Although vodka is relatively low in calories and has zero sugar, no amount of alcohol is safe. Vodka, like all alcohol, is a depressant — meaning that it slows down the activity in the brain. After consumption, it triggers the release of dopamine. This neurotransmitter is responsible for sending signals of pleasure. Therefore, you might feel good immediately after drinking, but as the effects of alcohol wear off, you may begin to experience mood swings, irritability, depression and other psychological symptoms.
According to Harvard Health Publishing, excessive alcohol consumption has immediate negative effects. These include but are not limited to alcohol poisoning, injuries, risky sexual behaviors and miscarriage and/or birth defects during pregnancy. Over time, excessive drinking habits can turn into long-term health problems, such as high blood pressure, heart disease, liver cancer, memory problems, alcoholism and even death.
According to the Centers for Disease Control and Prevention, excessive drinking includes binge drinking, heavy drinking, any drinking by pregnant women and drinking by people younger than 21 years of age. Binge drinking is defined as 4 or more drinks during a single occasion for women and 5 or more drinks for men. Heavy drinking is defined as 8 or more drinks per week for women and 15 or more drinks per week for men.
An April 2018 study published in the Lancet studied nearly 600,000 people who drank alcohol over several years. Researchers concluded that higher alcohol consumption was associated with increased rates of stroke, fatal aneurysms, heart failure and death, regardless of gender.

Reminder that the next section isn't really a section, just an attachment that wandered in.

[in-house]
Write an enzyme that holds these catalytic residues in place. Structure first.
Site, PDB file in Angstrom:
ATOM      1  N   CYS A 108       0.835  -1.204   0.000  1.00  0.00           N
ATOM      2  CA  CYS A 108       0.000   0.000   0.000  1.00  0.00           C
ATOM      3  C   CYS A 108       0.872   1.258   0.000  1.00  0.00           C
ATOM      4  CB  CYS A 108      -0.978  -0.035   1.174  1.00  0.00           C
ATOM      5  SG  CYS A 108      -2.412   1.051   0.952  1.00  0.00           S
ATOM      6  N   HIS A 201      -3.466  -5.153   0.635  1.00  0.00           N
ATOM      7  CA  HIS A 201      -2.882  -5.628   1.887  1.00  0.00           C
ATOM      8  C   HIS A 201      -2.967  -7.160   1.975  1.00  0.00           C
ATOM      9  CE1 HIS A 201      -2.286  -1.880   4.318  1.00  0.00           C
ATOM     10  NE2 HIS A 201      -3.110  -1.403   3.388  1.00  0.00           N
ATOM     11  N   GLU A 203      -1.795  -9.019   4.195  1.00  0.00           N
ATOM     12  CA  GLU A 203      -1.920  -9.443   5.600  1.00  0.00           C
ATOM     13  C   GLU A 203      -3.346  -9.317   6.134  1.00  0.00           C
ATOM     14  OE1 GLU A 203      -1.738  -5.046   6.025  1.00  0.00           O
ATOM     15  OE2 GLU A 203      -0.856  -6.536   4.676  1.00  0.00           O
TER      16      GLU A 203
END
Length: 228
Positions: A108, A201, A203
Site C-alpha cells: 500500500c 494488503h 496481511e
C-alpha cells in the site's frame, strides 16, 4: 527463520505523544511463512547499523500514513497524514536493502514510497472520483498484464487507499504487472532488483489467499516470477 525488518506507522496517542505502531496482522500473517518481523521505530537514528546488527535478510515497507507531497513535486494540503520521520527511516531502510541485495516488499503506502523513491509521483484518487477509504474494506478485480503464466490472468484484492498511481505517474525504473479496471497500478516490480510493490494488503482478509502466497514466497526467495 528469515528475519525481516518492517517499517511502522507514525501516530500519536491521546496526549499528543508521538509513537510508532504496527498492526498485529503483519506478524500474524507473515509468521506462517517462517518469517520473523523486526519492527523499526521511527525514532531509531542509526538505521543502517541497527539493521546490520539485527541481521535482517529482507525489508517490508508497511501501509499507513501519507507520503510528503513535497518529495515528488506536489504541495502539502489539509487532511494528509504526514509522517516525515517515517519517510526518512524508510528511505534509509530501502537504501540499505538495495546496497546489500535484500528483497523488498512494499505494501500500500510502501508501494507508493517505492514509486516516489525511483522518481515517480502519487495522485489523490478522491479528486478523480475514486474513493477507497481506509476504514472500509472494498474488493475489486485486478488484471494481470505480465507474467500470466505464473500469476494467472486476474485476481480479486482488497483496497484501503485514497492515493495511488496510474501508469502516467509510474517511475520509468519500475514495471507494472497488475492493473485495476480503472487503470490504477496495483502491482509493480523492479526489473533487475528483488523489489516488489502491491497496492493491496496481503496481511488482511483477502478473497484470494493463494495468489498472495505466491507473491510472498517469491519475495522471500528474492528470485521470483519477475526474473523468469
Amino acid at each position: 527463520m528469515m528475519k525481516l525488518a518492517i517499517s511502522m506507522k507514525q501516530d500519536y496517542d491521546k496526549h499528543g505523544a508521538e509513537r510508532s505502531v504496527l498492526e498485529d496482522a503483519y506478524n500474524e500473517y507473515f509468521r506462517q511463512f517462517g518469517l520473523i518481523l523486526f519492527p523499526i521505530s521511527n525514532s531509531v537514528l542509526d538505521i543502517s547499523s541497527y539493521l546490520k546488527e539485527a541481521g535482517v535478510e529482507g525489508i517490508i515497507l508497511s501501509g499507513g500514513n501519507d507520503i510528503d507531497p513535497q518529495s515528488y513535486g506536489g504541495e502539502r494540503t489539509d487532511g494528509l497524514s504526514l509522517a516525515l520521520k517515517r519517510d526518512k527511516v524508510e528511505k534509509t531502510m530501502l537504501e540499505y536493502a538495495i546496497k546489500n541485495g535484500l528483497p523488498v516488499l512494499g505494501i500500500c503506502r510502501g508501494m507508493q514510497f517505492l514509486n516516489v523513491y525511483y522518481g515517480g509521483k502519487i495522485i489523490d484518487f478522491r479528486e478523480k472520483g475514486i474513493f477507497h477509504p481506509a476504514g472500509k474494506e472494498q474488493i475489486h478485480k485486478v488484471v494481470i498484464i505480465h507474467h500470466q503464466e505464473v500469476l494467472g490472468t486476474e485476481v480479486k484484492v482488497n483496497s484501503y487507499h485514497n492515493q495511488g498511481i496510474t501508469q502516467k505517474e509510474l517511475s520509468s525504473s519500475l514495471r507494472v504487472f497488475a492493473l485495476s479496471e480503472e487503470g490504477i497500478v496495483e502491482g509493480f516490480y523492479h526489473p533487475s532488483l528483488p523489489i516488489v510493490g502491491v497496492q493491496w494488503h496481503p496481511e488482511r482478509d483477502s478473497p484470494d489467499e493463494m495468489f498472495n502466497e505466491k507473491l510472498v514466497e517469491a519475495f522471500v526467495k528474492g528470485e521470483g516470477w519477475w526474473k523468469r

University of Washington professor Emmanuela Gakidou states what perhaps many health officials think in regards to alcohol: "Saying to yourself, having a glass of wine presents a small risk, but I enjoy it — OK, that's fine. But I would like people to move away from thinking drinking is good for you." With the health risks as described, it is clear that drinking — no matter how much — is not good for your health.
- U.S. Department of Health and Human Services and Agriculture: "Appendix 9. Alcohol"
- Centers for Disease Control and Prevention: "Fact Sheets - Alcohol Use and Your Health"
- The Lancet: "Risk Thresholds for Alcohol Consumption: Combined Analysis of Individual-Participant Data for 599 912 Current Drinkers in 83 Prospective Studies"
- Harvard Health Publishing: "Sorting Out the Health Effects of Alcohol"
- U.S. National Library of Medicine National Institutes of Health: "Alcohol Consumption and Obesity: An Update"
- Obesity Action: "Alcoholism & Obesity"
- Science News: "Drinking Studies Muddied the Waters Around the Safety of Alcohol Use"
- U.S. Department of Agriculture: "Beverages, Cocktail Mix, Non-Alcoholic, Concentrated, Frozen"
- U.S. Department of Agriculture: "Alcoholic Beverage, Beer, Regular, All"
- U.S. Department of Agriculture: "Alcoholic Beverage, Wine, Table, Red"
- U.S. Department of Agriculture: "Alcoholic beverage, distilled, vodka, 80 proof"
- U.S. Department of Agriculture
- National Consumers League: "Alcohol: How it All Adds Up"
- Boston University School of Medicine: "The Effects of Alcohol Consumption on Obesity"
- NCBI: "The Dopamine System and Alcohol Dependence"
- Frontiers in Psychiatry: "Sugar Addiction: From Evolution to Revolution"